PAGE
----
A quest to make sense of it all. Or a sense to make a quest of it all.

Saturday, September 10, 2011

Selling spooks.

Recently while enjoying a day set aside for relaxing, I took a break from reading on the porch to come inside and watch TV. I had several episodes of Ghost Adventures, I Survived, and Celebrity Ghost Stories recorded. (Don't judge me.) I also had a few B-flicks from the Chiller channel, and I figured it was a good time to munch on some carrots and (homemade!) hummus and pay vague attention to one of the aforementioned features. What won? Exorcism: The Possession of Gail Bowers, which currently enjoys a 2.7 rating (out of 10) over on imdb.com. I mean, I knew I wasn't sitting down to watch the horror movie that would change my life. But I thought I would at least be somewhat entertained. Nope. I found myself tooling around on my phone five minutes into the film. I played a few rounds of Word Mole, and finally beat my high score. After awhile, I looked up.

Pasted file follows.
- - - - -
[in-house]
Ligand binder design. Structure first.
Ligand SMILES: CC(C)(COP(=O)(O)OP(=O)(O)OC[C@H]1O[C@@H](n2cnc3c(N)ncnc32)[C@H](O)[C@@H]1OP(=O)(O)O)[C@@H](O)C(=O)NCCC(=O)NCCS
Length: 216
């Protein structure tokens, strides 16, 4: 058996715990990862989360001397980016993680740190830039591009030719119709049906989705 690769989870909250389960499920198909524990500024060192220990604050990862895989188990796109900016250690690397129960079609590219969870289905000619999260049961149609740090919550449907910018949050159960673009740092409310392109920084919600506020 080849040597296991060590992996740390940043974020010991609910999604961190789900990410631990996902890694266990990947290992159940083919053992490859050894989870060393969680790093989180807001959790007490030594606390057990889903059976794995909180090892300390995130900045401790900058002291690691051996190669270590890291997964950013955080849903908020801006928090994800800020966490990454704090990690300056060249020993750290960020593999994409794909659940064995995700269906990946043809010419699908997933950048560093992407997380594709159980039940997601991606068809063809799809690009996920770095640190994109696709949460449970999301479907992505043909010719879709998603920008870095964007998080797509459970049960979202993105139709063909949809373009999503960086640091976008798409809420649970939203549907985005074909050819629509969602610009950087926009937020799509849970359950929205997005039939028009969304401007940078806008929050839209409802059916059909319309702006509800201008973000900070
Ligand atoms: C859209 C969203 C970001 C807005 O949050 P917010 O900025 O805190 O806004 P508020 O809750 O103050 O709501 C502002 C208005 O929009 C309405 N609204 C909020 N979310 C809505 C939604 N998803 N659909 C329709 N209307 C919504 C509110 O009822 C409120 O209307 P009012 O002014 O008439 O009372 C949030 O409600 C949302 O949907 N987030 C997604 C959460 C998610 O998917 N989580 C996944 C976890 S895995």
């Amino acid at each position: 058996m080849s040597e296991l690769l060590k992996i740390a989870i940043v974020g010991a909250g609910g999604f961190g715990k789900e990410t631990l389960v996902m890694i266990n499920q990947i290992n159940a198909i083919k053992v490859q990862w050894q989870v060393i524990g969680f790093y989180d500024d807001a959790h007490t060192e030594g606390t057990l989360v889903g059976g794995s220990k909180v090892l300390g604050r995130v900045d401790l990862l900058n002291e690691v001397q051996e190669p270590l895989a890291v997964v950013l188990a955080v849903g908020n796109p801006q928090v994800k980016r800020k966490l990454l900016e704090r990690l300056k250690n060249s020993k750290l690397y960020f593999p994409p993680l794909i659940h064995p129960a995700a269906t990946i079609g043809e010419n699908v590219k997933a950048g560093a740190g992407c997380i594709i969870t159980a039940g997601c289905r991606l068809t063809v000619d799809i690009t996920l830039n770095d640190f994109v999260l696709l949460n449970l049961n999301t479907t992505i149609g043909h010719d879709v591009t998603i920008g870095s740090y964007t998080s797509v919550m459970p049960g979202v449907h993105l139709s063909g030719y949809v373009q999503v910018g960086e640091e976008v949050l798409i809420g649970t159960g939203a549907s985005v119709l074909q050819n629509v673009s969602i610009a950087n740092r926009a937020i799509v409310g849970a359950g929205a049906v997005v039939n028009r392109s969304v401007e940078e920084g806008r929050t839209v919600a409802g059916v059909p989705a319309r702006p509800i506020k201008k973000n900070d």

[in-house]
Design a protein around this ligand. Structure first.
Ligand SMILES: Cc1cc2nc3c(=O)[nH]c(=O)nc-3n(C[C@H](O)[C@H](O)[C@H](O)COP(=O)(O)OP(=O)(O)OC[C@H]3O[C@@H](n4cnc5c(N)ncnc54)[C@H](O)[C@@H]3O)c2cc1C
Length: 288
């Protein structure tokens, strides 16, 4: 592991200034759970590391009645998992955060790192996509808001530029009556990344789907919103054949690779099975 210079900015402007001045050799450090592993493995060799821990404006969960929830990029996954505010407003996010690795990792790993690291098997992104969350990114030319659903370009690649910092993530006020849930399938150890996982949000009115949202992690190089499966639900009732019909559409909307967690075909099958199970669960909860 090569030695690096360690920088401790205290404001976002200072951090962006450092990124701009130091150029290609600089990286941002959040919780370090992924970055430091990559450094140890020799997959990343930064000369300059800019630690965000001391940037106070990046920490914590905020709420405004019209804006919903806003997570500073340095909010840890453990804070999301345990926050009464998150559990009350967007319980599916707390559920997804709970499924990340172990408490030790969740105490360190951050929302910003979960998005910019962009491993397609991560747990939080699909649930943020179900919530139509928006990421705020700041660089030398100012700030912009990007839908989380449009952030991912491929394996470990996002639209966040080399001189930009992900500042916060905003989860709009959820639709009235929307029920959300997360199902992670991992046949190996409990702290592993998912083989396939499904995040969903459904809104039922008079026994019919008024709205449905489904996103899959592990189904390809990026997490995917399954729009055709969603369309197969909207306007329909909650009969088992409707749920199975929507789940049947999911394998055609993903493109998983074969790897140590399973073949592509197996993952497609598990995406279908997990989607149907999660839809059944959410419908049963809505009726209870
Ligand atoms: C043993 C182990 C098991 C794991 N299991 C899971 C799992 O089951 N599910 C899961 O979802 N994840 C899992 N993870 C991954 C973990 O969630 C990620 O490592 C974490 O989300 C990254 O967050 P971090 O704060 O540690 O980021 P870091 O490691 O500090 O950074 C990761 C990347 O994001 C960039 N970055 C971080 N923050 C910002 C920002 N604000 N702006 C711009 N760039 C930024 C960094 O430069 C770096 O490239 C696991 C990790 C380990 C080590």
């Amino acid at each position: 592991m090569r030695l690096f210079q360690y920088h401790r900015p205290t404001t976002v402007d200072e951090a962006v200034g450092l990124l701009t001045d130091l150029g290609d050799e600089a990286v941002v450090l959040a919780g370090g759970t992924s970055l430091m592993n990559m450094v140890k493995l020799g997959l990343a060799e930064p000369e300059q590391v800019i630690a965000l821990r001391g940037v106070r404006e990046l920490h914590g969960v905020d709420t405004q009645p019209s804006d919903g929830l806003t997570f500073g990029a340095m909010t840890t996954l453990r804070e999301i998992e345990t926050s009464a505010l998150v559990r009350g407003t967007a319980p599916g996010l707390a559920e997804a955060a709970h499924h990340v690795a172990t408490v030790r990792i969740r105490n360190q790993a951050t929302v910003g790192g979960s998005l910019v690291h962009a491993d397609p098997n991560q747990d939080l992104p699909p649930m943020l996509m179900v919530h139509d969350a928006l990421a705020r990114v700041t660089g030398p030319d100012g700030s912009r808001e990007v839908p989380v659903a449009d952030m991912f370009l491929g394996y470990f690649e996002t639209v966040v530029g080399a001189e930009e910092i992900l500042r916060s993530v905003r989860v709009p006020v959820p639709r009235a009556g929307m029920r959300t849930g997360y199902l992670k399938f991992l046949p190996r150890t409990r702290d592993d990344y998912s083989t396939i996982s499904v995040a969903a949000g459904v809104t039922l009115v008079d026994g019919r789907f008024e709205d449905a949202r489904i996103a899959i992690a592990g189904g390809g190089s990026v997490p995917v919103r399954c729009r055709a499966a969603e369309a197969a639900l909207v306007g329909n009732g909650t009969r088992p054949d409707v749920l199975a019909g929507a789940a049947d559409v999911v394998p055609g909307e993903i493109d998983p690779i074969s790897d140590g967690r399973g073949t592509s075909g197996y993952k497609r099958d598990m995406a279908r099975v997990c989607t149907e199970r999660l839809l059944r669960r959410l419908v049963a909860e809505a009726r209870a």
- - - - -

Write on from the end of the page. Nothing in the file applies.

The heroine was in the shower, scratching bloody furrows down her face as the camera went up and down from the carnage to her bosoms, whose aureoles had been blurred just enough to leave the viewer uncertain on the question of piercings. Because (clearly) there was nothing interesting to look at, I hit the "info" button and scanned the blurb. The movie was released in 2006, one year after the exquisite The Exorcism of Emily Rose. "Ripping off on the popularity of that one," I thought without really thinking those words. I also recalled that Dominion:Prequel to The Exorcist came out in 2005. I wondered if Dominion might have been more popular if it had been released after Emily Rose. It seemed after that one, America had latched onto supernatural horror again. 2006 hosted a gaggle of ghost/possession movies... most of them not-so-great. Some bigger names signed onto horror movies, which doesn't usually happen. We saw Julia Stiles in The Omen remake. We saw Donald Sutherland and Sissy Spacek in An American Haunting (don't get me started; that movie makes me feel stabby and...cheated). We saw Nic Cage in The Wicker Man remake. A stream of low-budget exorcism/angry ghost movies spewed from Hollywood's sore throat. Just what the devil had happened? Why was this a theme that was suddenly so popular that stinkers like The Grudge 2 were making big money, when only a year before, a freaking prequel to The Exorcist, arguably the most well-known and influential horror movie of all time, had went largely ignored? Why the sudden hunger for demons and haunts? My mind wandered over to The Shining, which was released in 1980. I thought about Kubrick's pioneering of the Steadicam, and how he used it to make the viewer feel simultaneously watched and voyeuristic, and I thought about how the movie reflected well on the economic state of the time; Jack's difficulty in finding a good job not only because of his drinking problem but because it was a crappy time to find work in general. How there's nothing like a hotel full of spooks to take your mind off day-to-day things like paying unmanageable bills.